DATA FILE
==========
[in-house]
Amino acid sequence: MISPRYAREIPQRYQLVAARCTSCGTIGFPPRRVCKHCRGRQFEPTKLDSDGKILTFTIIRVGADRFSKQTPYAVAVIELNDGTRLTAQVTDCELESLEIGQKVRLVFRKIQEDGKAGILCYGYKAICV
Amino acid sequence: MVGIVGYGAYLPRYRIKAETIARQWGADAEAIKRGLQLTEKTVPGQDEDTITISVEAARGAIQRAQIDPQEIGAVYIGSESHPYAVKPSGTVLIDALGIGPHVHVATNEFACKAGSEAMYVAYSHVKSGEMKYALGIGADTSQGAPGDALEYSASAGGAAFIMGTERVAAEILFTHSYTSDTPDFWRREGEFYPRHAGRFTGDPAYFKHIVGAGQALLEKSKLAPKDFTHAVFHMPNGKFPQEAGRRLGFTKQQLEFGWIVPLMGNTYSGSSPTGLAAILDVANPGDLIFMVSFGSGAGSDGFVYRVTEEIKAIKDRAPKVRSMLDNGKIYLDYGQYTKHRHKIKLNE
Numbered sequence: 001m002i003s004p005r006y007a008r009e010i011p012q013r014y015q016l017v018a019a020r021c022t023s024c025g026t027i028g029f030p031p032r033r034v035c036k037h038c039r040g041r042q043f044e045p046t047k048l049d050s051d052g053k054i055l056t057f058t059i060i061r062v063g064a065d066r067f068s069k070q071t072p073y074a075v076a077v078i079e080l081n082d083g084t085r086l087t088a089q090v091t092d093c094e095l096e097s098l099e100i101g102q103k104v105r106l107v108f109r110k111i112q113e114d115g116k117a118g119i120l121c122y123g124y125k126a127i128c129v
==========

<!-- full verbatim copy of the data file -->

[in-house]
Amino acid sequence: MISPRYAREIPQRYQLVAARCTSCGTIGFPPRRVCKHCRGRQFEPTKLDSDGKILTFTIIRVGADRFSKQTPYAVAVIELNDGTRLTAQVTDCELESLEIGQKVRLVFRKIQEDGKAGILCYGYKAICV
Amino acid sequence: MVGIVGYGAYLPRYRIKAETIARQWGADAEAIKRGLQLTEKTVPGQDEDTITISVEAARGAIQRAQIDPQEIGAVYIGSESHPYAVKPSGTVLIDALGIGPHVHVATNEFACKAGSEAMYVAYSHVKSGEMKYALGIGADTSQGAPGDALEYSASAGGAAFIMGTERVAAEILFTHSYTSDTPDFWRREGEFYPRHAGRFTGDPAYFKHIVGAGQALLEKSKLAPKDFTHAVFHMPNGKFPQEAGRRLGFTKQQLEFGWIVPLMGNTYSGSSPTGLAAILDVANPGDLIFMVSFGSGAGSDGFVYRVTEEIKAIKDRAPKVRSMLDNGKIYLDYGQYTKHRHKIKLNE
Numbered sequence: 001m002i003s004p005r006y007a008r009e010i011p012q013r014y015q016l017v018a019a020r021c022t023s024c025g026t027i028g029f030p031p032r033r034v035c036k037h038c039r040g041r042q043f044e045p046t047k048l049d050s051d052g053k054i055l056t057f058t059i060i061r062v063g064a065d066r067f068s069k070q071t072p073y074a075v076a077v078i079e080l081n082d083g084t085r086l087t088a089q090v091t092d093c094e095l096e097s098l099e100i101g102q103k104v105r106l107v108f109r110k111i112q113e114d115g116k117a118g119i120l121c122y123g124y125k126a127i128c129v